A Massachusetts General Hospital surgeon has publicly acknowledged his medical error in a national medical journal and called on his colleagues to employ safety.
Two years ago, Dr. David Ring was scheduled to perform a routine surgery on a woman with carpal tunnel syndrome.
But problems began to emerge when the operating room was changed at the last minute. The woman was moved to another room. Dr. Ring reported to the first room and performed the carpal tunnel repair on another woman at the hospital for a finger operation.
There were several other complications, but the most significant was that the “timeout” process never occurred. This is when the surgical team runs through a checklist to make sure all necessary safety tips have been taken before surgery. Dr. Ring spoke to the patient in Spanish and other members of the surgical team thought he was running through the timeout process, but he wasn’t.
Dr. Ring discussed his errors in this week’s New England Journal of Medicine, urging his medical colleagues to take the time to properly follow safety procedures.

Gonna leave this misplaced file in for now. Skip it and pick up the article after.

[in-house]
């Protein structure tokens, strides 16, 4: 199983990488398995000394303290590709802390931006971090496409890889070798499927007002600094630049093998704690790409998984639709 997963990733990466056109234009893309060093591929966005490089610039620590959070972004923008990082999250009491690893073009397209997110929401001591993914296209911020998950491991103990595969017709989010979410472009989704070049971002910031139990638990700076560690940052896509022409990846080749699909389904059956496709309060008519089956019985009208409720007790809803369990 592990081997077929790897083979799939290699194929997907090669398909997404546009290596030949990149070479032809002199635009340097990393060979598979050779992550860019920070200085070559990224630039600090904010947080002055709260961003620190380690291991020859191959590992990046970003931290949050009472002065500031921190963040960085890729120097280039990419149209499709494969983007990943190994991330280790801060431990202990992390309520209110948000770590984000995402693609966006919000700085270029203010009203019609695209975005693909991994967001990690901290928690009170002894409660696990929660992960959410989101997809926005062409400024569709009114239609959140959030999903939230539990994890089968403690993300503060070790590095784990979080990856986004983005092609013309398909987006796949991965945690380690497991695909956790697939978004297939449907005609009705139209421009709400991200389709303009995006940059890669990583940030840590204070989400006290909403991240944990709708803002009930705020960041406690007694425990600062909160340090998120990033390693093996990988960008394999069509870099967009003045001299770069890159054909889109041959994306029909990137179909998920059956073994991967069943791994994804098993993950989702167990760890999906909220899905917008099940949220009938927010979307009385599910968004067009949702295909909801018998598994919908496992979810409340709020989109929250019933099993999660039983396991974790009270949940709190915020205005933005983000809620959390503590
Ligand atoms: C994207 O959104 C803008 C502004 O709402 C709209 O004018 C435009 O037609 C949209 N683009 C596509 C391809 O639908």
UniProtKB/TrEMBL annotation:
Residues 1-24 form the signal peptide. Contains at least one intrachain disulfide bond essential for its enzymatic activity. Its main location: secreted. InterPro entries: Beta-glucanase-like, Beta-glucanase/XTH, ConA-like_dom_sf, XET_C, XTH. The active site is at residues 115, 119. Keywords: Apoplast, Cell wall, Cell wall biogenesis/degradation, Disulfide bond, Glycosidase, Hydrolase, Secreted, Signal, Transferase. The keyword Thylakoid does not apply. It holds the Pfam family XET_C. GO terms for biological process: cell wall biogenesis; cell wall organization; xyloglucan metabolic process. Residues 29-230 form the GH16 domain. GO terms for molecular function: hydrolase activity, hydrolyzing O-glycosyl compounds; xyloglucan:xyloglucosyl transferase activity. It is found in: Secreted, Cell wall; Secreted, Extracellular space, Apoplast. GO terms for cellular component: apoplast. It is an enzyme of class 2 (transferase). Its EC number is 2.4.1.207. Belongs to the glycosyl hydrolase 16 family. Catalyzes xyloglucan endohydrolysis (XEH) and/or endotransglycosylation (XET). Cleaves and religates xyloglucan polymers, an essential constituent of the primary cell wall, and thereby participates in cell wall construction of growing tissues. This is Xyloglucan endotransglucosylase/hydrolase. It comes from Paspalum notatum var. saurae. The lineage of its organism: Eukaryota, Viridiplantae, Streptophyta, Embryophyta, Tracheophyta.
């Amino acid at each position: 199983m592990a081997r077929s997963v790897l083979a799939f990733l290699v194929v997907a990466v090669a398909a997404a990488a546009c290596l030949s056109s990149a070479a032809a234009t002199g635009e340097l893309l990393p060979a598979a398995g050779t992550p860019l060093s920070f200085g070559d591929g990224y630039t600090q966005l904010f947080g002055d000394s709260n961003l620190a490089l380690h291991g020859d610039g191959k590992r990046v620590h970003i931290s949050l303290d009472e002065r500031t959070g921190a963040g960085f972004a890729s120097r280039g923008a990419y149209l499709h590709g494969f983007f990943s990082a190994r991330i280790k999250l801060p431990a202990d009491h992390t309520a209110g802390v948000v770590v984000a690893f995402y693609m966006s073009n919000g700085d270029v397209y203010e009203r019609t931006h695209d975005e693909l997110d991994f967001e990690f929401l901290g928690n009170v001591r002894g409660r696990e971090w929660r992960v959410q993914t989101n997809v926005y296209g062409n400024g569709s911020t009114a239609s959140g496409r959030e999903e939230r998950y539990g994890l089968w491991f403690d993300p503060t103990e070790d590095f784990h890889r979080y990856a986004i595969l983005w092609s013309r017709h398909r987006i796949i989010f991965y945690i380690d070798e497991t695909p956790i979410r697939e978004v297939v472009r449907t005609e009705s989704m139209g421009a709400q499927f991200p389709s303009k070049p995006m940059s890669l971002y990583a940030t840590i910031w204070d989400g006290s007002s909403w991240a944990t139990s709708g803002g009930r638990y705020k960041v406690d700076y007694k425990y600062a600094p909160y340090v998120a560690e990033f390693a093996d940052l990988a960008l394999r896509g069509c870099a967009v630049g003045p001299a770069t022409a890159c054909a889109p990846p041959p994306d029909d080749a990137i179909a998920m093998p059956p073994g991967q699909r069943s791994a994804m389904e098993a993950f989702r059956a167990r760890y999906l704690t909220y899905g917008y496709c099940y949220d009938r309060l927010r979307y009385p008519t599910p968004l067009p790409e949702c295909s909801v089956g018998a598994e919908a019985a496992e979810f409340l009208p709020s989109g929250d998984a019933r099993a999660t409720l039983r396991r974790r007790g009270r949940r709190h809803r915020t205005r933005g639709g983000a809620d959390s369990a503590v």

“I hope that none of you ever have to go through what my patient and I went through,” Ring wrote. “I no longer see these protocols as a burden. That is the lesson.”
Breakstone, White & Gluck praises Dr. David Ring for discussing his medical error and reminding other medical professionals to follow safety procedures. We hope his colleagues hear his message. Because when safety procedures are followed, patients stay safe and costly medical lawsuits are avoided.
“We applaud Dr. Ring for publishing this article in the New England Journal of Medicine,” said Marc Breakstone, a Boston medical malpractice lawyer. “This should be a clarion call to all surgeons to take extra care to protect patient safety.
To read Dr. Ring’s article in the New England Journal of Medicine, click here.